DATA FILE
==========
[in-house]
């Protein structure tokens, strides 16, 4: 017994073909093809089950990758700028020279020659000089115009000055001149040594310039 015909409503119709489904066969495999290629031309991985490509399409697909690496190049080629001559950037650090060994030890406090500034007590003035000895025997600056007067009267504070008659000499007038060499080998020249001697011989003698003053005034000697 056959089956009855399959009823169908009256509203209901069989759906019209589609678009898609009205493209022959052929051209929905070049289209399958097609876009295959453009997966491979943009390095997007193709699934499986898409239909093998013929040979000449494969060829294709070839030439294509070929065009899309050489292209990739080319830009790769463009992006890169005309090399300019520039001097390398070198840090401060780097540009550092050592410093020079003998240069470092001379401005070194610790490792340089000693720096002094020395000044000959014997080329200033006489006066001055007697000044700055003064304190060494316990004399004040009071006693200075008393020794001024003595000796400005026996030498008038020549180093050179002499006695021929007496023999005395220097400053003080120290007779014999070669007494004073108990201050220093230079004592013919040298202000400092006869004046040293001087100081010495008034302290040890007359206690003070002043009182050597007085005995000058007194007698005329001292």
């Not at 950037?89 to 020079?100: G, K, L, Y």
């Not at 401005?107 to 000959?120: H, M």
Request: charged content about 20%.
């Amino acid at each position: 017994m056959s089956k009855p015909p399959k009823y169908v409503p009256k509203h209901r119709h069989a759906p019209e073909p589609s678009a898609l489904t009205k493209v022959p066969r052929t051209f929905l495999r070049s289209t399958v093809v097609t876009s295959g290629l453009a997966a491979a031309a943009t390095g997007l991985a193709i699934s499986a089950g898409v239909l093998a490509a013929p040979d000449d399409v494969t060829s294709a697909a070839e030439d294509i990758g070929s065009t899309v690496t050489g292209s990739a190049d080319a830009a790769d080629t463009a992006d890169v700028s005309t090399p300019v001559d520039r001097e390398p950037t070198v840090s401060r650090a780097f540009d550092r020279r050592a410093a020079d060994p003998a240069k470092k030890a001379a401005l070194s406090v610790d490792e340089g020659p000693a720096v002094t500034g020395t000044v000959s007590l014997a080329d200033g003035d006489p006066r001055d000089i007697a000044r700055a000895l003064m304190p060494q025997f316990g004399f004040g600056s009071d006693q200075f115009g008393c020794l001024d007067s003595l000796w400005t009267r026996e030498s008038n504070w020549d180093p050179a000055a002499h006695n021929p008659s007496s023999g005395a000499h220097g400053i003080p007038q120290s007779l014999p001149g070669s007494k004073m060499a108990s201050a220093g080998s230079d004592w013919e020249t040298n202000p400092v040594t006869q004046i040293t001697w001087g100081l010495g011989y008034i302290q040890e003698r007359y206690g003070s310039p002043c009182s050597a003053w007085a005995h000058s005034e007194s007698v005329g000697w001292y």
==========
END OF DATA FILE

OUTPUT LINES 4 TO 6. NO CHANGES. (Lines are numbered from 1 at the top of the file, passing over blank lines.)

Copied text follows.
């Not at 401005?107 to 000959?120: H, M």
Request: charged content about 20%.
């Amino acid at each position: 017994m056959s089956k009855p015909p399959k009823y169908v409503p009256k509203h209901r119709h069989a759906p019209e073909p589609s678009a898609l489904t009205k493209v022959p066969r052929t051209f929905l495999r070049s289209t399958v093809v097609t876009s295959g290629l453009a997966a491979a031309a943009t390095g997007l991985a193709i699934s499986a089950g898409v239909l093998a490509a013929p040979d000449d399409v494969t060829s294709a697909a070839e030439d294509i990758g070929s065009t899309v690496t050489g292209s990739a190049d080319a830009a790769d080629t463009a992006d890169v700028s005309t090399p300019v001559d520039r001097e390398p950037t070198v840090s401060r650090a780097f540009d550092r020279r050592a410093a020079d060994p003998a240069k470092k030890a001379a401005l070194s406090v610790d490792e340089g020659p000693a720096v002094t500034g020395t000044v000959s007590l014997a080329d200033g003035d006489p006066r001055d000089i007697a000044r700055a000895l003064m304190p060494q025997f316990g004399f004040g600056s009071d006693q200075f115009g008393c020794l001024d007067s003595l000796w400005t009267r026996e030498s008038n504070w020549d180093p050179a000055a002499h006695n021929p008659s007496s023999g005395a000499h220097g400053i003080p007038q120290s007779l014999p001149g070669s007494k004073m060499a108990s201050a220093g080998s230079d004592w013919e020249t040298n202000p400092v040594t006869q004046i040293t001697w001087g100081l010495g011989y008034i302290q040890e003698r007359y206690g003070s310039p002043c009182s050597a003053w007085a005995h000058s005034e007194s007698v005329g000697w001292y």